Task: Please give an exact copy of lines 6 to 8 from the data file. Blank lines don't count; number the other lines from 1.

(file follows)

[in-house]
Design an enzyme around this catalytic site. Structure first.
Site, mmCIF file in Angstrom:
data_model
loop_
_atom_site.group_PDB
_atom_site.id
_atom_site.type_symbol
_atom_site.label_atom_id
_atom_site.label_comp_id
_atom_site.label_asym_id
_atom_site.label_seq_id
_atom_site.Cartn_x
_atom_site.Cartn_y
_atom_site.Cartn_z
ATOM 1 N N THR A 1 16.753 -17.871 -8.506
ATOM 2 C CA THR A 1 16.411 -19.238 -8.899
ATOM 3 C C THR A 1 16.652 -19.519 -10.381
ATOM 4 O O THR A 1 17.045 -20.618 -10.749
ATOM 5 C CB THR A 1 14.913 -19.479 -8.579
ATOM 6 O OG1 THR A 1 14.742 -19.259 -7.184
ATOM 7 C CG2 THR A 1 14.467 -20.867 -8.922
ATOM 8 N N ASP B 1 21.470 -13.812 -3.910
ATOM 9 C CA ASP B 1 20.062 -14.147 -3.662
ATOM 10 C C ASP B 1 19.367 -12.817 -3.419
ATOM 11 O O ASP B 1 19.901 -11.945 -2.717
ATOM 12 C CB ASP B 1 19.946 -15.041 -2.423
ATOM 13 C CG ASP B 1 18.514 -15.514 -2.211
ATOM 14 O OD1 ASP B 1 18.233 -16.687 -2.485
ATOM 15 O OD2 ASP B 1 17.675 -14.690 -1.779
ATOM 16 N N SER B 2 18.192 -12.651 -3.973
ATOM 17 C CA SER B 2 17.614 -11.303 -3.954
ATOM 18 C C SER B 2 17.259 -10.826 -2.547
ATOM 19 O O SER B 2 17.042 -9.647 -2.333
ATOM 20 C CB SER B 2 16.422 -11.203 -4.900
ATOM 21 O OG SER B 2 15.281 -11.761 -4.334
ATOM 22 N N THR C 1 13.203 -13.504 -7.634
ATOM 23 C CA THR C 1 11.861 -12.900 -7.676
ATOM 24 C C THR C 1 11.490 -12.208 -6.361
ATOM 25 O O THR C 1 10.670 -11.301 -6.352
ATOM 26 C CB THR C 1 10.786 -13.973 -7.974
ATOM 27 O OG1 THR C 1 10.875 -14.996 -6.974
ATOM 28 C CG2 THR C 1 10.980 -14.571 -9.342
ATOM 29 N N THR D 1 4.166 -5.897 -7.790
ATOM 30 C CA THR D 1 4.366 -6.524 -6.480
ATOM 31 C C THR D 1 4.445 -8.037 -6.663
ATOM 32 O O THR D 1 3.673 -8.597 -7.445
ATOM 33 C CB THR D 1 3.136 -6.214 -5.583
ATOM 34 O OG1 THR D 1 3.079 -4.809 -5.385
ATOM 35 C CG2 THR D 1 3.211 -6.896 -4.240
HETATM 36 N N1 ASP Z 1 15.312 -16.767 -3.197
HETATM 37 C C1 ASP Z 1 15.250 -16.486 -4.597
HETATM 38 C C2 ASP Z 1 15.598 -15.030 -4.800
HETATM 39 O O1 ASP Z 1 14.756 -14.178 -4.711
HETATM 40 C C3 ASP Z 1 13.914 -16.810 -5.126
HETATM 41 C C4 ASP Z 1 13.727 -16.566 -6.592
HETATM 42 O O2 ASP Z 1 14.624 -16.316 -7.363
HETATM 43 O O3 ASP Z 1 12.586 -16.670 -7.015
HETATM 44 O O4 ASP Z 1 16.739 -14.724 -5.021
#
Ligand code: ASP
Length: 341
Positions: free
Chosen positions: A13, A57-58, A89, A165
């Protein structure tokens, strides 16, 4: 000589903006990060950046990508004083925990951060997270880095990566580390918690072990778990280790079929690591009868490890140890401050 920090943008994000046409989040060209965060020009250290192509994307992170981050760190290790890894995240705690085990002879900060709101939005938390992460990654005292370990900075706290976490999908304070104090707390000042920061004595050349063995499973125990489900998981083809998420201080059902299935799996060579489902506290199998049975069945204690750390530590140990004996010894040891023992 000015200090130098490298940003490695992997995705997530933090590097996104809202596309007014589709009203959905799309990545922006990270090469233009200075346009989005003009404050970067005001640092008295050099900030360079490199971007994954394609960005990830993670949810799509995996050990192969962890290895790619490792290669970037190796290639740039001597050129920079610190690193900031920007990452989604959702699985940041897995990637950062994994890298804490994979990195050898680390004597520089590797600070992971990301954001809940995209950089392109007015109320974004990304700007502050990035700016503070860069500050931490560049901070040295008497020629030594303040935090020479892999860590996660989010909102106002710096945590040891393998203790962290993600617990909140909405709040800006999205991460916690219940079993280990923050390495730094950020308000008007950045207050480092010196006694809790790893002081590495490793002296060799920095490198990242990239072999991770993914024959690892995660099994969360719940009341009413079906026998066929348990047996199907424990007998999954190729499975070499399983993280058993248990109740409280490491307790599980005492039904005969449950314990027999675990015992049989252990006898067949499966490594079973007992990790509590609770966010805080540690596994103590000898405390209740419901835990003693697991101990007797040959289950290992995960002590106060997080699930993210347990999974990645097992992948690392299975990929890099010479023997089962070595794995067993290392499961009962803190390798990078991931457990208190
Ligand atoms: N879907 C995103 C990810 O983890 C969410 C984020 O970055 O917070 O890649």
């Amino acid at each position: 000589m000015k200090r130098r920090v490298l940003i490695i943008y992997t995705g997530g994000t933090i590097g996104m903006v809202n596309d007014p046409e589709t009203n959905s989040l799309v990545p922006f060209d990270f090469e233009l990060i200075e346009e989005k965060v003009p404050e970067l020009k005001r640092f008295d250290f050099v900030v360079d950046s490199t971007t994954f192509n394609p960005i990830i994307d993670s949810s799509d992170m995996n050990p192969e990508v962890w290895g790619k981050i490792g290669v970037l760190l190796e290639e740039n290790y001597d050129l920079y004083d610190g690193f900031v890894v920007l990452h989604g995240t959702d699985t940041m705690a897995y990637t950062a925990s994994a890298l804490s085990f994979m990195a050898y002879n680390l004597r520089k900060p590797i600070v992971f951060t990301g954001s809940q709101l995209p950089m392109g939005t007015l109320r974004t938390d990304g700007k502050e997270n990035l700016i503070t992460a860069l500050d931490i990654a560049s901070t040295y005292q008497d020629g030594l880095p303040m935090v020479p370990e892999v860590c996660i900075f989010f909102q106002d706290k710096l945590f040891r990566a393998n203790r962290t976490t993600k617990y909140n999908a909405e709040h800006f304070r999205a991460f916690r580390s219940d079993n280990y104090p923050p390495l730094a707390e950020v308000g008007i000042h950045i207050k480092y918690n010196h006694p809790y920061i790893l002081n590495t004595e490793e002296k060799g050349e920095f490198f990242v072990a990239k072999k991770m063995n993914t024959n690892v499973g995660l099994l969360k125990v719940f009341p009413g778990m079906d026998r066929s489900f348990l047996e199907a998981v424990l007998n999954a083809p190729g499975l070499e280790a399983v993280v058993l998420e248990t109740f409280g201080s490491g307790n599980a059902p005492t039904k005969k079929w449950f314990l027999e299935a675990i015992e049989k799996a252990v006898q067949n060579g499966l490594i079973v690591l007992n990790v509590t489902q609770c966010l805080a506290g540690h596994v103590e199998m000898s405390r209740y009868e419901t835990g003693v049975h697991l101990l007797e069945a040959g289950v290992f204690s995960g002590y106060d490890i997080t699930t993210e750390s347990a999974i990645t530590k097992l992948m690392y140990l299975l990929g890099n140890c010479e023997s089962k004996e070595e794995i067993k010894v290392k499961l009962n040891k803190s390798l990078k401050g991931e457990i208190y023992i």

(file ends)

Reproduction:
_atom_site.group_PDB
_atom_site.id
_atom_site.type_symbol